Thursday, 2 September 2021

Turn In Bins for Classrooms

Every classroom needs turn in stations for student work. Turn in bins are used for collecting homework, forms, assignments, and worksheets from your students. Each bin or paper tray needs to have a clear label for students to be able to use your turn-in system efficiently. There are many of ways to make a turn in work organizer for your classroom. Teachers use paper tray organizers, plastic bins, stackable baskets, drawer carts, book bins, and classroom mailboxes. See how teachers are using these to make student turn in bins and homework trays in the classroom pictures below. 

I love to find awesome classroom decor ideas. As an Amazon affiliate, I may earn a commission for purchases using my links. Learn more. The ideas and paid links below are based on Amazon finds that are great for making turn in bins for classrooms.

  • Use a wire mesh letter tray organizer: Always choose an organizer that has a stackable design for turn-in trays. I prefer the wire mesh ones because they are strong enough to hold heavy stacks of paper. If you are short on space, stack another tray on top for more tray space.

  • Use classroom mailboxes: Mailboxes come in different sizes and materials. I find that the wooden ones are the most durable. Use a different slot for each subject. I think that most teachers use the mailboxes for turn in bins because they have enough compartments for a high volume of worksheets. 

  • A drawer cart: Label a drawer cart with all the homework categories you need. Students can use it to turn in homework for each subject.
  • Plastic baskets: Plastic baskets and trays that are right size for holding stacks of letter sized sheets can be used for turn in bins. They can be assorted bright colors or all of the same color, to match your classroom decor. Just glue the labels on the front.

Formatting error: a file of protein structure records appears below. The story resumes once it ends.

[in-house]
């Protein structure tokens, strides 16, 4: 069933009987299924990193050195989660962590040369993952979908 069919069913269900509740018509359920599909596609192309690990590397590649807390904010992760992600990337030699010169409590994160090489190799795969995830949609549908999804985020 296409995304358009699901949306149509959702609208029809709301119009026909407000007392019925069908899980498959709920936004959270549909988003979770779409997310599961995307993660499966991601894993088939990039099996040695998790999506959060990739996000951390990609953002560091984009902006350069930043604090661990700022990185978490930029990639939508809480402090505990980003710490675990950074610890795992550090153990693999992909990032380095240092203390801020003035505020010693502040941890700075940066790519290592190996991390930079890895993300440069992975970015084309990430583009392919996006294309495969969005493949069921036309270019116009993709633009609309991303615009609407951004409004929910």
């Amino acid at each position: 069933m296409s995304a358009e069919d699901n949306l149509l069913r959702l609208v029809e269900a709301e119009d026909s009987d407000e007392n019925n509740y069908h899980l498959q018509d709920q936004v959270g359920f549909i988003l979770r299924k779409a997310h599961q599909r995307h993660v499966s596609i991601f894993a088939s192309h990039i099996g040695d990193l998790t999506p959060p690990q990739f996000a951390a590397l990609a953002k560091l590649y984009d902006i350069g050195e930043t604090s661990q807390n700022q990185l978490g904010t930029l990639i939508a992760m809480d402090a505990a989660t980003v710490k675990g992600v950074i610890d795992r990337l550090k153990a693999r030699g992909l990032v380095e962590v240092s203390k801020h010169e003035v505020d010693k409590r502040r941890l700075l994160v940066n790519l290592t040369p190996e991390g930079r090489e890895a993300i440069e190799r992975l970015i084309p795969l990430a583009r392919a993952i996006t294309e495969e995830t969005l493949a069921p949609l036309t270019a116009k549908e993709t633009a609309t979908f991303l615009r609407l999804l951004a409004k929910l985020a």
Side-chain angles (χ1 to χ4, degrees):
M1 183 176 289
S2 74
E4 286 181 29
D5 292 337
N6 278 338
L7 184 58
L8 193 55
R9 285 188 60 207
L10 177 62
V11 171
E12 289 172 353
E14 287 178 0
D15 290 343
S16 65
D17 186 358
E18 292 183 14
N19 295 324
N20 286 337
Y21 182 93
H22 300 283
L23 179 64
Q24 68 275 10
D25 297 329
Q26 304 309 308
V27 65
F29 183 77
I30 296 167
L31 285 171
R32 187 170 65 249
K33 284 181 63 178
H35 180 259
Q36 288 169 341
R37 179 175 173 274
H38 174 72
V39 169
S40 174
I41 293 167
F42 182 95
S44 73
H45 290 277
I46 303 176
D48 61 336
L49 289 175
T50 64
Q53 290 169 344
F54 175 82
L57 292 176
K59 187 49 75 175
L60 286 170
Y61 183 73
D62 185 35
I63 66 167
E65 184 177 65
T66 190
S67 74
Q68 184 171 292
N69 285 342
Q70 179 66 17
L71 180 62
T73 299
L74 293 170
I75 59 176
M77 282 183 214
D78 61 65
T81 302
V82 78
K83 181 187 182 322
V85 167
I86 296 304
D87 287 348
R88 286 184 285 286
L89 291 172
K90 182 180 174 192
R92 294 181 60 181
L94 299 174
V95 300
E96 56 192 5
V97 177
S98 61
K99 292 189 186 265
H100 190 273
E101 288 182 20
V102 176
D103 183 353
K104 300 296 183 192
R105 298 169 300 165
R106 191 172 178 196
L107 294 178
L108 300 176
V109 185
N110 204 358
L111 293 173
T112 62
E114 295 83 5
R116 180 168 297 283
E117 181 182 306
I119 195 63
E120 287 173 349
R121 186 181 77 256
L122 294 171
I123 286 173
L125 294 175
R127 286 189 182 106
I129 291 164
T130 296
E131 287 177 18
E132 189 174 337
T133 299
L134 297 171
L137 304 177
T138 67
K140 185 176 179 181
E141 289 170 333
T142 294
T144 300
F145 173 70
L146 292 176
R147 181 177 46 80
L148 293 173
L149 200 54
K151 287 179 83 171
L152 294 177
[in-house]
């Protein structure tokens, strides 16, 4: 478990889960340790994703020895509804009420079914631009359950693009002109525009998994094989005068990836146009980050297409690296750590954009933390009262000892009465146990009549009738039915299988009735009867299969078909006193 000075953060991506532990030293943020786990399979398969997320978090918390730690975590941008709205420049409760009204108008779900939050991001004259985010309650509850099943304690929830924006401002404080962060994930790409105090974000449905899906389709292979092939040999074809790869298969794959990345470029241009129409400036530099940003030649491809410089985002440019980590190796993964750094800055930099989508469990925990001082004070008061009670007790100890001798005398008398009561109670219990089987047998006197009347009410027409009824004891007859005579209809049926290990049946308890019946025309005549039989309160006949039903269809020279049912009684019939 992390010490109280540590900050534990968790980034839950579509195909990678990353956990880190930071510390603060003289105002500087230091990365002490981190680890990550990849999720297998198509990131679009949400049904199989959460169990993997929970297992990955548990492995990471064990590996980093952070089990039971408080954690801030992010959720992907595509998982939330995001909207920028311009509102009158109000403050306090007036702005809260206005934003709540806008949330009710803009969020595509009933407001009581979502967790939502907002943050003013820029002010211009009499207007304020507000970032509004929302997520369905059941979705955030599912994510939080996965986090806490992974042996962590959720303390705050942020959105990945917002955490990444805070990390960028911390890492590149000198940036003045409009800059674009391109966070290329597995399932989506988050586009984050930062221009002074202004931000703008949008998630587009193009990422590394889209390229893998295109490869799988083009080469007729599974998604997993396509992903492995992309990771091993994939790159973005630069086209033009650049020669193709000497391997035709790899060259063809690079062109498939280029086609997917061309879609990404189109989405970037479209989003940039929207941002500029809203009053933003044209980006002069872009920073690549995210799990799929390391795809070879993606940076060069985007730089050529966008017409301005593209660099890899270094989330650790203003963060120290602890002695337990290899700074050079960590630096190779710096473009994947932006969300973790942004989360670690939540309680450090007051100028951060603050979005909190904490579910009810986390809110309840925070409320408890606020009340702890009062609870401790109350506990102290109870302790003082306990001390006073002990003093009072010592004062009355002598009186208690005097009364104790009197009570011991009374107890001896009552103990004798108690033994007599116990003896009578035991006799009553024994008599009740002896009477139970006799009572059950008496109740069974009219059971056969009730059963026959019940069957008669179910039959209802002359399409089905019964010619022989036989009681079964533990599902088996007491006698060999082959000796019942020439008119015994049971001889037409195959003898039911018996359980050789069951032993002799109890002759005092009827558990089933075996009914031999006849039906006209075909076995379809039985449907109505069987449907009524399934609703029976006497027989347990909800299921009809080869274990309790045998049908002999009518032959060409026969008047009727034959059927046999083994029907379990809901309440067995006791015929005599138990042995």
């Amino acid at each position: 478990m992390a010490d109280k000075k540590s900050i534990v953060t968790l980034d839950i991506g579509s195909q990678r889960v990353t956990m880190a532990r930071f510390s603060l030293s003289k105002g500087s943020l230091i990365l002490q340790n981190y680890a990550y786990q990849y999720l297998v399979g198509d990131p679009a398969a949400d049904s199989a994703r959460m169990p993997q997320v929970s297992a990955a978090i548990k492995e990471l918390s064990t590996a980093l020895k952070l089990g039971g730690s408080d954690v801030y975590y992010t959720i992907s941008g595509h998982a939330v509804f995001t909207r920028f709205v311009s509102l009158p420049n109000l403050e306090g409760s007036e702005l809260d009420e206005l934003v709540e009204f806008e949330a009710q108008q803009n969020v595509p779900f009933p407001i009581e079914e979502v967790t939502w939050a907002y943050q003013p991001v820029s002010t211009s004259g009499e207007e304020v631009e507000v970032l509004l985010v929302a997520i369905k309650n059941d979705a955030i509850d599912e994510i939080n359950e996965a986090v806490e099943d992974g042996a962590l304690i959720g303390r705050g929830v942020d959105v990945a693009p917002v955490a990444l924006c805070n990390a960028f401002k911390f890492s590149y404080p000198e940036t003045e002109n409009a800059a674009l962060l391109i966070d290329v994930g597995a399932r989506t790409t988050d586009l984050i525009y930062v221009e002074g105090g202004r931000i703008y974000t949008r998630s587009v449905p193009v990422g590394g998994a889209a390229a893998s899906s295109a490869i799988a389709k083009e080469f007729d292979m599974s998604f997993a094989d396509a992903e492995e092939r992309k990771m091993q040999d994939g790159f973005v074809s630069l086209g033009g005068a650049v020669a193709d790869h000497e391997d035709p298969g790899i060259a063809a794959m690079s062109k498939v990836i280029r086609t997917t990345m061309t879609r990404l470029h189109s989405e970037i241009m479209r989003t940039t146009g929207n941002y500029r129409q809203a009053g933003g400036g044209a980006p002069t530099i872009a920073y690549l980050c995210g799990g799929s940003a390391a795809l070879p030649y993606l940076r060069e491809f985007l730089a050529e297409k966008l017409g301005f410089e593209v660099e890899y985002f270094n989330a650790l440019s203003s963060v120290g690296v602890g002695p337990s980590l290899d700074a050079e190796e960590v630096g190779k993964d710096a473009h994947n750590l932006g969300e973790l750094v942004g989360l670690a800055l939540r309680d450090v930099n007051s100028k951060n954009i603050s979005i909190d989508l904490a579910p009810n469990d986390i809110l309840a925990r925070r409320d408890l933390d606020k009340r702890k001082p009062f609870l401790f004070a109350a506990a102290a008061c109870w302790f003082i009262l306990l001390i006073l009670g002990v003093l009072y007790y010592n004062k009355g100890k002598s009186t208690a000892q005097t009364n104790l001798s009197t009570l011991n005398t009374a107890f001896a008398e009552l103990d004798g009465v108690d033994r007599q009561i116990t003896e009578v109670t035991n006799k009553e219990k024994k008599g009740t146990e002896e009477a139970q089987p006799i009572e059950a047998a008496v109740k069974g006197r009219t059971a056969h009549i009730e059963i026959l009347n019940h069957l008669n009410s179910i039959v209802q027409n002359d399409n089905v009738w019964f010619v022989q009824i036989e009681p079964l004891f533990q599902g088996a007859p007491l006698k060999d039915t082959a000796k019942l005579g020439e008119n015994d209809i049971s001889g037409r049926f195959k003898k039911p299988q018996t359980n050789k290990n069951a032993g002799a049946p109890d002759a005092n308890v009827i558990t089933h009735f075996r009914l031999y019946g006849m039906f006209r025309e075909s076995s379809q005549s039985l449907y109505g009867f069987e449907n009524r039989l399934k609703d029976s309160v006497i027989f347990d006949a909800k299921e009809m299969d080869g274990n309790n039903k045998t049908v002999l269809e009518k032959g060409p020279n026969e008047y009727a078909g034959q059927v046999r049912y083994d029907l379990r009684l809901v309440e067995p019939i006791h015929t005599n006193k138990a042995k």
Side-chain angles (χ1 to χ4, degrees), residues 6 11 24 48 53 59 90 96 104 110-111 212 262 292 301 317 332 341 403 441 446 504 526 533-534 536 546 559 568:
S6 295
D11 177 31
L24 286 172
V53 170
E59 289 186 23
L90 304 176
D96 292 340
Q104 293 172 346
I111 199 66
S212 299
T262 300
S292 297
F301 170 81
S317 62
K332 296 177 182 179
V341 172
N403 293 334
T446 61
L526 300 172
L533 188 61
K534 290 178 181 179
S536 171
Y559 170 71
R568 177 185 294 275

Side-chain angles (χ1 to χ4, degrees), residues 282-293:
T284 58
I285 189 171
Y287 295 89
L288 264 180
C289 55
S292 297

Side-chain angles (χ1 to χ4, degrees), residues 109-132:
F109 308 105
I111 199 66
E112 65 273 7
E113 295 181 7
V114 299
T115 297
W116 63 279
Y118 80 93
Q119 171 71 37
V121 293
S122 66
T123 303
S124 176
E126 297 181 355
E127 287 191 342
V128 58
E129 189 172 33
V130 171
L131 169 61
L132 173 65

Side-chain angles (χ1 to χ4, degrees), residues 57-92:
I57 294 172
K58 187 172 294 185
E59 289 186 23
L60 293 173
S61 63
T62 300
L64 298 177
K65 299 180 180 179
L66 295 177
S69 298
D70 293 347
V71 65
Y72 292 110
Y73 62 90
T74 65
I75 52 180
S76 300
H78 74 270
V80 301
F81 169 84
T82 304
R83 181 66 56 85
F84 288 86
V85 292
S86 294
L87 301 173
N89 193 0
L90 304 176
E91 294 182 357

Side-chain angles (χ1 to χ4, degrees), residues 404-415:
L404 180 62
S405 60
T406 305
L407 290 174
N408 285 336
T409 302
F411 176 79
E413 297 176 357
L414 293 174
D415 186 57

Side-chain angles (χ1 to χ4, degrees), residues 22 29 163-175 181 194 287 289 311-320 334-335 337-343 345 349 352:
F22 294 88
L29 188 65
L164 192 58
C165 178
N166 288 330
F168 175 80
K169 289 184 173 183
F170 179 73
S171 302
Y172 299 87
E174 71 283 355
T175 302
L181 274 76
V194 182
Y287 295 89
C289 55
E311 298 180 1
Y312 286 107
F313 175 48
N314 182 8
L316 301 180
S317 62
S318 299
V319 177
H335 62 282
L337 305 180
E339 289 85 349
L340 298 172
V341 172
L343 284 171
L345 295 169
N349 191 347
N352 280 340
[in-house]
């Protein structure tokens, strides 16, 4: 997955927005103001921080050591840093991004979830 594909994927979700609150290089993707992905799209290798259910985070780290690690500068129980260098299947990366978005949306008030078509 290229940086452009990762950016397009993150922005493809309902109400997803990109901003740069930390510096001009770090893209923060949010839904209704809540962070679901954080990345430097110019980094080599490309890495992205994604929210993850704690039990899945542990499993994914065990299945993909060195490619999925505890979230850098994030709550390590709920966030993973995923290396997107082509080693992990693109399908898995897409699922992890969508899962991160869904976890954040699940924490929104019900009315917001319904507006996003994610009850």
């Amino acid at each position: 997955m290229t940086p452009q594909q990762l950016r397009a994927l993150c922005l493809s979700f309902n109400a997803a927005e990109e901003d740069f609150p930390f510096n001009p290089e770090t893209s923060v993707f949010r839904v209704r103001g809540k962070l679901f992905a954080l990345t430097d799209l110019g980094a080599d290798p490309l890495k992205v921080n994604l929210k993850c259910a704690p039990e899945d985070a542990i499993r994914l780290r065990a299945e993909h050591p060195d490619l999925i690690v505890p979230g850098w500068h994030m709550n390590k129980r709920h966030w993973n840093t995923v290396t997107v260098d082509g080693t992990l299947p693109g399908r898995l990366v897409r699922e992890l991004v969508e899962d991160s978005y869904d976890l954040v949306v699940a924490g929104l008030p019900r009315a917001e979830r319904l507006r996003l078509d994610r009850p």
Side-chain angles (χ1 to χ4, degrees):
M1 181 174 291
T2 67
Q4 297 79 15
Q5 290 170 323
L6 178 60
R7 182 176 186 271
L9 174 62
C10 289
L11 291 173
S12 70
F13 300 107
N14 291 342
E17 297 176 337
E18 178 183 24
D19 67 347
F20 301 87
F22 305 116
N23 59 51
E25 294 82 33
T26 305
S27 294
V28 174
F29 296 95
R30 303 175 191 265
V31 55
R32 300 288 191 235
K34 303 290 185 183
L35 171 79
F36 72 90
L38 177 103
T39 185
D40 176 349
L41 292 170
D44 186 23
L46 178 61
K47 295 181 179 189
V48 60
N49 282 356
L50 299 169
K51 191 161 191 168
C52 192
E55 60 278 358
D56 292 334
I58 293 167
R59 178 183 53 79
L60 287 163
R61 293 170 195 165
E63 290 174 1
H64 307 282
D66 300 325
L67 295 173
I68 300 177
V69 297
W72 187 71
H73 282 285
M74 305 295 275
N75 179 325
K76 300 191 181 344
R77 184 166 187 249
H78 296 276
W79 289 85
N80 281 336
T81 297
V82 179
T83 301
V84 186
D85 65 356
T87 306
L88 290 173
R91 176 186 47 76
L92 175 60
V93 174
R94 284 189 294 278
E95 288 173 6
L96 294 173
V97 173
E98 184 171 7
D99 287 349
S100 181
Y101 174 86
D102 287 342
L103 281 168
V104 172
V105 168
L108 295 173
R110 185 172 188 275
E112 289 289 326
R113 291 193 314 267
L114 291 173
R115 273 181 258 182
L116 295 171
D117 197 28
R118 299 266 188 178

• Plastic Drawers: These drawers are made to hold letter sized sheets of paper. They come with a pack of blank chalkboard label stickers. You can write your categories on them with a chalk marker. Think of them as a drawer system for turn in bins.

  • Mix and match combination: If you are short on space but you need a lot of turn-in categories, add extra drawers to what you already have. This teacher first had a Seville drawer cart for a turn in station. Then found that she needed more drawers so she added a three-drawer set onto what she had before. Both drawers are black and the matching labeling systems make them blend together.

  • Use book bins in a storage rack: Book bins make good turn in bins if you have a lot of subject areas to collect work for and less space to store it all. A book bin rack would be necessary to keep the book bins upright.

You can find lots of free turn in bin labels here for your classroom. There are black and white templates and colorful ones. Some of the labels are PDFs and others are editable in PowerPoint. More ideas will be added soon.

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About Me

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As a Caribbean primary school teacher, I share my unique classroom with the world through this blog. Readers step into my class through the pictures, articles and classroom samples of games and lessons used in my class. I have been teaching since 2005 at the std. 4 primary level in Trinidad and Tobago. I am particularly interested in sharing my own personal lesson plans, tests and activities. Teachers need to share ideas and support each other because in doing so, we help to educate our students and develop ourselves as teachers. Technology is ever evolving and we as teachers should get on board with it, collaborate and keep up to date with this new age that we live in. Our students belong to this technological era and we must embrace opportunities to learn from each other in this global community. I also love to express my creativity in the classroom. I am a bit of a craftster . So I'm always cutting, gluing or making something... a game, a chart, a learning center, etc. So, teachers and parents, feel free to stop by and see what's new at Nyla's Crafty Teaching!